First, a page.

Editor’s Note: This post was written under the influence of fatigue and frustration. The events that I discuss below don’t happen often, thankfully, but they sure are annoying when they do. Ok. Happy reading.
Some weeks, when I’m in my 57th hour of working and I am seriously doubting whether I will last the next three hours before I collapse, what keeps me going is the development of an argument against the 60-hour work week. It’s a thesis I have been slowly crafting for a while now. And it includes such points as: chronic fatigue, leading to repeated illnesses; chronic fatigue leading to on-the-job errors, leading to on-the-job accidents and injuries; and how about I get some time to actually live while I’m down here?.
But then, tonight, I got a solid answer for why there’s a 60-hour work week.
It came to me at 8 p.m. on a Thursday. From my neighbors in the dorm room next door. In the form of singing, yelling and other auditory assaults resulting from decreased inhibitions and loss of executive function thanks to alcohol consumption.
So, the answer is: if you give people down here more time off, they will indulge and imbibe to excess even more frequently than they already do.
Which is unfortunate for me, as their neighbor, and me, as their fellow McMurdo community member. Because some people have trouble controlling themselves from self-induced liver failure, I lose out on time I could spend hiking, skiing, SLEEPING, and otherwise resting and relaxing.
While I understand that not everyone spends their off time in the same manner, and I certainly can’t choose for another how to relax (and I wouldn’t want to), must their indulgences hinder me from doing my job, sleep enough to do my job and sleep enough so that I can actually get out and enjoy my one day off a week?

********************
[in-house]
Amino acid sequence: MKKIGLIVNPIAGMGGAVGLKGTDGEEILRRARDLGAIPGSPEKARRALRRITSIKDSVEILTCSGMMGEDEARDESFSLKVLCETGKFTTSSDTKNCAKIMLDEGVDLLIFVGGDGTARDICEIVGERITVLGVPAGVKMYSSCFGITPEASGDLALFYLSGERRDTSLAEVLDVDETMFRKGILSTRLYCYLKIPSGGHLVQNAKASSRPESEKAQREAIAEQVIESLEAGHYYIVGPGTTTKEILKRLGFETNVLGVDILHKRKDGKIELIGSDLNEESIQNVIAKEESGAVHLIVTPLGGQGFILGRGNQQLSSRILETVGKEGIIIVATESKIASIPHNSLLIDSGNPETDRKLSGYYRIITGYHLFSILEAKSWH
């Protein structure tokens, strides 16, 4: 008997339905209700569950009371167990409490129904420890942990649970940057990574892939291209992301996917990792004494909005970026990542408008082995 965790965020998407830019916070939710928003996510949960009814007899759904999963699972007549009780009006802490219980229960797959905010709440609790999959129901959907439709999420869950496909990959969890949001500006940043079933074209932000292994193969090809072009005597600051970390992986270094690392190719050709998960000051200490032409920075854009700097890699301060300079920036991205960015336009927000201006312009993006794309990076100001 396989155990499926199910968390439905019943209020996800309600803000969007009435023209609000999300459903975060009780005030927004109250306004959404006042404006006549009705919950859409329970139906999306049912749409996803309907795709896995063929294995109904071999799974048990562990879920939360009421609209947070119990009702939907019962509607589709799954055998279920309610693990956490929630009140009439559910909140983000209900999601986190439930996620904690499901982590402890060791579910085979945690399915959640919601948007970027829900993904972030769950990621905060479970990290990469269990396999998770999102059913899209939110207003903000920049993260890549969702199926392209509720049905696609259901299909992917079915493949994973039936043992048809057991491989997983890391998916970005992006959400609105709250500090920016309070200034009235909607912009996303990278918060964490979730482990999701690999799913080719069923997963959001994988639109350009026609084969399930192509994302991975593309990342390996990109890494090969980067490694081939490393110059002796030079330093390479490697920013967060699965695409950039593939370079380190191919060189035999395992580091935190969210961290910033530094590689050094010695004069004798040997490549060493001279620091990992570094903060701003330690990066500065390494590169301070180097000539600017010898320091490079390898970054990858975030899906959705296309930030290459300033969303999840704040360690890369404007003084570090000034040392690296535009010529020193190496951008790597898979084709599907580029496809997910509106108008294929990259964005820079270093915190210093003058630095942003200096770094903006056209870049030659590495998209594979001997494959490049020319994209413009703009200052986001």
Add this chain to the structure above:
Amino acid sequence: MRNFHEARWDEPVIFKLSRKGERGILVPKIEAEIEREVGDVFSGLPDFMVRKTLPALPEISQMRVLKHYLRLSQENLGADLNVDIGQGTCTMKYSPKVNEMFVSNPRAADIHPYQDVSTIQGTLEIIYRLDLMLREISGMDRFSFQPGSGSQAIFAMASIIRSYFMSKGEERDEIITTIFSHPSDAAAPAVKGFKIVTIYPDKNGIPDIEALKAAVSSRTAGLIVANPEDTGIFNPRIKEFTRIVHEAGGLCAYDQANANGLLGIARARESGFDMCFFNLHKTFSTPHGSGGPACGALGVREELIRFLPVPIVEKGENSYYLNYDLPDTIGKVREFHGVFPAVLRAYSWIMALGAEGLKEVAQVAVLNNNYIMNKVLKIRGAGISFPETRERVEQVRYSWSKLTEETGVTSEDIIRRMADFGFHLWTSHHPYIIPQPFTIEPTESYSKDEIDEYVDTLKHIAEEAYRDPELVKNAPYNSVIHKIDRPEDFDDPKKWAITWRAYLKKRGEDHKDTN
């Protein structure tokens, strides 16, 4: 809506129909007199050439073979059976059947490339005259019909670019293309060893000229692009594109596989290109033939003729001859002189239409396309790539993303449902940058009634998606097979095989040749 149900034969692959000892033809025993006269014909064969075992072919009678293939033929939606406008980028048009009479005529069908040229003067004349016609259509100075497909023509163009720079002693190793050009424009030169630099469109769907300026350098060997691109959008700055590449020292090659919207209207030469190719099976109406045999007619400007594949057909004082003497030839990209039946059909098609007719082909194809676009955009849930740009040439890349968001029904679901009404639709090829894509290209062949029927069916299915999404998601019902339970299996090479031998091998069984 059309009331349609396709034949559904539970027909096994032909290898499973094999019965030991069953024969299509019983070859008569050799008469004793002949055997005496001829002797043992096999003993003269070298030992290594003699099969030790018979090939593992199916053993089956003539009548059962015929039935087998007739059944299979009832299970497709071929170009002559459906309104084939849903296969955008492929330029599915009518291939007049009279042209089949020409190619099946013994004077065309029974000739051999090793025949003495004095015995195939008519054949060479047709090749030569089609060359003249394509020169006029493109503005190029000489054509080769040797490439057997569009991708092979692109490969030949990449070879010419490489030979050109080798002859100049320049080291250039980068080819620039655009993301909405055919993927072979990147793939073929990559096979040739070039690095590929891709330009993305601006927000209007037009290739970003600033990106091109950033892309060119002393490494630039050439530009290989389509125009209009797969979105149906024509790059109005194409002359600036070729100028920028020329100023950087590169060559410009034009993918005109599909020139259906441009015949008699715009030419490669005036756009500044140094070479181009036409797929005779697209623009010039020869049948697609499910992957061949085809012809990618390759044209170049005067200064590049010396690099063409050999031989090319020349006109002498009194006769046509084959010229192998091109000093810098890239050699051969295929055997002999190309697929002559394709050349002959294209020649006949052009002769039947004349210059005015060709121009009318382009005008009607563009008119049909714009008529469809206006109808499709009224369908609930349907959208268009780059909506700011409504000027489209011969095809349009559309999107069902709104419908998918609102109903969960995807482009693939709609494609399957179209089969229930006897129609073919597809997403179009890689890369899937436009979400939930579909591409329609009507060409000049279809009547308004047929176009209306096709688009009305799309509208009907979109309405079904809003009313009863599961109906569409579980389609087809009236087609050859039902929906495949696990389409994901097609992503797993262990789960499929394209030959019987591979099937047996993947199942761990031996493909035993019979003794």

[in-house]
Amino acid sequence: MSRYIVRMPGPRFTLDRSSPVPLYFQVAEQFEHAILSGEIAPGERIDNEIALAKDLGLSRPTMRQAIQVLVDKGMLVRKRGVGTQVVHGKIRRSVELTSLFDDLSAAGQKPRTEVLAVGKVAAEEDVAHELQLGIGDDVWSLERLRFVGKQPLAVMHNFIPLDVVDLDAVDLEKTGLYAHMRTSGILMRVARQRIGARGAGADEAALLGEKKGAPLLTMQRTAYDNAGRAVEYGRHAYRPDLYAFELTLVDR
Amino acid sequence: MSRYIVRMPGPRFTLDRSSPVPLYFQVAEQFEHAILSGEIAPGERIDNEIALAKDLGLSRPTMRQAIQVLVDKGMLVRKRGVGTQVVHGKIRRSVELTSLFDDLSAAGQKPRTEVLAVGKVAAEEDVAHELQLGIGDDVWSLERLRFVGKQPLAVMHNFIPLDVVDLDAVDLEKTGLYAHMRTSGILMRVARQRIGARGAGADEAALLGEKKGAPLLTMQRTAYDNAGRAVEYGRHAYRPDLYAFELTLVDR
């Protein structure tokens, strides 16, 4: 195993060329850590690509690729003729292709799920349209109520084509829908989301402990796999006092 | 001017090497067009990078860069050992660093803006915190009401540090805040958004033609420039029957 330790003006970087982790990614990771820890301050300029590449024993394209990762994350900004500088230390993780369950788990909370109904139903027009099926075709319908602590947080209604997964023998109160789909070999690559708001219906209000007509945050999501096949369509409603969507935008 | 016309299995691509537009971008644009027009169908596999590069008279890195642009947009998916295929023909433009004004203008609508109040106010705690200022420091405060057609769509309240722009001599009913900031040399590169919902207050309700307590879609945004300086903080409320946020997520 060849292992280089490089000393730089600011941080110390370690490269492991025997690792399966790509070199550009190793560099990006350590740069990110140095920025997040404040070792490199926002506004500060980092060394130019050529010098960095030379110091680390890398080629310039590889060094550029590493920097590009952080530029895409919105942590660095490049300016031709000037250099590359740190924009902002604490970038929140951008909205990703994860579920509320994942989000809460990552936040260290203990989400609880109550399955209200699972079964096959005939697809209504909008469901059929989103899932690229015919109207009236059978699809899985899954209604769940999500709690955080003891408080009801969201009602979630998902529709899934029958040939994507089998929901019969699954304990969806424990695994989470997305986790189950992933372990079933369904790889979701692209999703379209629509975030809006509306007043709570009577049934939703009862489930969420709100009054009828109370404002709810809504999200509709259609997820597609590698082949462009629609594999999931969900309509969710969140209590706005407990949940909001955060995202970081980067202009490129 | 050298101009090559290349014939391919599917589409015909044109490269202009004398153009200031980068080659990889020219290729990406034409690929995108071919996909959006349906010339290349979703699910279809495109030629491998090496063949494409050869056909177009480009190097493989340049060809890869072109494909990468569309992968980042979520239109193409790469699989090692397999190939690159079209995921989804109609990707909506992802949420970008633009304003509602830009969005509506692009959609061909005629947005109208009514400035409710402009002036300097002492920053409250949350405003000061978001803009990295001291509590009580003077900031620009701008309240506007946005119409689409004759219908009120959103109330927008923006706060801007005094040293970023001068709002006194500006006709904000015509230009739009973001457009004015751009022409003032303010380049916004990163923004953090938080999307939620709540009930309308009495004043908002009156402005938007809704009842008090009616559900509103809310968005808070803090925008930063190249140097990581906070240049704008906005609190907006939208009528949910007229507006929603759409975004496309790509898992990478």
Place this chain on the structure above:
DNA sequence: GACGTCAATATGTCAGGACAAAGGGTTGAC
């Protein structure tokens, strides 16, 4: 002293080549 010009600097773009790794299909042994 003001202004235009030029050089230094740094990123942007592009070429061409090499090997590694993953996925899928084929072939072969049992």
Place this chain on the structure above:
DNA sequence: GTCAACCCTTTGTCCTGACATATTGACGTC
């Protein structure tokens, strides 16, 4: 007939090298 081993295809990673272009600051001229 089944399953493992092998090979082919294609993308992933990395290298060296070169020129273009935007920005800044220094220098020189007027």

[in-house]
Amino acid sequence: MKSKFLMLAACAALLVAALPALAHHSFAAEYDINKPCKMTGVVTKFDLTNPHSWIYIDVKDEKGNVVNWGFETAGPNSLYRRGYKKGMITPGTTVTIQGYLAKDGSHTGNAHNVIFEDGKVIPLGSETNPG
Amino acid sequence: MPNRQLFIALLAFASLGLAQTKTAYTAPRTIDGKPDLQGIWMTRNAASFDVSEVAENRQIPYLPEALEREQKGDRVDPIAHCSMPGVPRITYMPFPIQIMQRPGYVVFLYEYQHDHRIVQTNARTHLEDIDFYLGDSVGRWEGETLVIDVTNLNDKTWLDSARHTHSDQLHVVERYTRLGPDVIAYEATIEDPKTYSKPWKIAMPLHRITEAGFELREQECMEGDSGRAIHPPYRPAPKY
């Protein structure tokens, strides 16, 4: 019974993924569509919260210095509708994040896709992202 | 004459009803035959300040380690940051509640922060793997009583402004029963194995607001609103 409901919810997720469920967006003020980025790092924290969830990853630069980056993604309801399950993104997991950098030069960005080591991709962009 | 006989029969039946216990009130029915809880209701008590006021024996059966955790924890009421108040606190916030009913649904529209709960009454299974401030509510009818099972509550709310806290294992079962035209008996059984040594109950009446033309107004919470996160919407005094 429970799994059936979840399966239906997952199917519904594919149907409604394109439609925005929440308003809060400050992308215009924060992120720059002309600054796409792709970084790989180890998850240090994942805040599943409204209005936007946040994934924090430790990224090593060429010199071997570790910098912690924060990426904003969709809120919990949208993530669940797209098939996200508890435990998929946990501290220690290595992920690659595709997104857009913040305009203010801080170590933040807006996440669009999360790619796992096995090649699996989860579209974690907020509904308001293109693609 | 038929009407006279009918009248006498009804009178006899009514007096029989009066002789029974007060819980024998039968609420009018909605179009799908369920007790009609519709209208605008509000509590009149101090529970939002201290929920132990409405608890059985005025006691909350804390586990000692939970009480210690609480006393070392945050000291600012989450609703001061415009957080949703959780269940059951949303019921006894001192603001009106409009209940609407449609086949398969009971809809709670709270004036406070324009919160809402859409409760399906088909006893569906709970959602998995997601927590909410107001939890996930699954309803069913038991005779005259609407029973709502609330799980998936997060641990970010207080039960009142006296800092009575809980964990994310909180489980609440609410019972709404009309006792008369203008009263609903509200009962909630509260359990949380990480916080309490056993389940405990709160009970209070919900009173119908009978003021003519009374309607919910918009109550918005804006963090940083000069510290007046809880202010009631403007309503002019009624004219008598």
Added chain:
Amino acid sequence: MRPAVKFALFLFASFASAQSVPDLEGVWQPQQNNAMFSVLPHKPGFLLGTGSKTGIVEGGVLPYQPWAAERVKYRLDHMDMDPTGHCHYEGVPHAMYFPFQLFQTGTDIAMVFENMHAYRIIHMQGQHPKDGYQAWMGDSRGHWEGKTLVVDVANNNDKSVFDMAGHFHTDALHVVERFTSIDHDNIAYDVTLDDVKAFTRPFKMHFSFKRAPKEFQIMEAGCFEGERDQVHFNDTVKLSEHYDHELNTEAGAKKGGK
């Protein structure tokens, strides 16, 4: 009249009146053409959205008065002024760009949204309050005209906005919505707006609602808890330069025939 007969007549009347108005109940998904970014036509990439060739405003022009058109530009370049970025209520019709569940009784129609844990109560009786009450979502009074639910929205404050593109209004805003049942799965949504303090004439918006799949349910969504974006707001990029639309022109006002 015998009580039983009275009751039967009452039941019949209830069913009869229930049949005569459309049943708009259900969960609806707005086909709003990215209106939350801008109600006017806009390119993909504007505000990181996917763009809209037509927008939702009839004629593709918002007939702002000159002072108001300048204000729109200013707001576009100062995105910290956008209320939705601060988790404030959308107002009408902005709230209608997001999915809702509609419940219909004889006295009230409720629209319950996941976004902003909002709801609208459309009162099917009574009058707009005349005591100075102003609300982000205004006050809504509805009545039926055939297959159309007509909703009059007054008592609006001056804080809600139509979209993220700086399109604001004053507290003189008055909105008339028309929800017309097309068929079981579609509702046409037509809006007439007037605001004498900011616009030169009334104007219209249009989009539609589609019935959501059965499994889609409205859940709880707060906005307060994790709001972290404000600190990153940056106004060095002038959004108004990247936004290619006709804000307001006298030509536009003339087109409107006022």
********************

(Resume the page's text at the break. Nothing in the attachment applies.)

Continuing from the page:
Maybe I should have seen this coming. The next couple of weeks on base are called “vessel.” This is a 10-day to two-week period where a large cargo vessel docks in town and nearly the half the base’s population works in 12-hour shifts in unload many tons of food and supplies, then loads many tons of waste (including hazardous, food, bio and recyclables) and scientific samples to be delivered to their respective academic institutions for further study.
The reason the upcoming vessel weeks have likely motivated tonight’s very loud behavior is the unwavering rule that no alcohol will be sold in bars or in the store during vessel.
Before tonight’s revels, at dinner, we heard people talking about the importance of drinking through their weekly allotment soon before alcohol is cut off next week. (Because people frequently drink to excess here, there is a limit to how much alcohol can be purchased by each person each week in the store and the bartenders know to cut people off, although I think each bartender is allowed to choose the cut-off point.)
So, hurry and drink now. Because the next two weeks without alcohol will just be unbearable.
And maybe rather quiet.
P.S. One of the Long Duration Balloons launched!! It’s been up in the air for 4 days. Follow its progress. It’s the project that looks at the gamma-rays and x-rays from solar flares.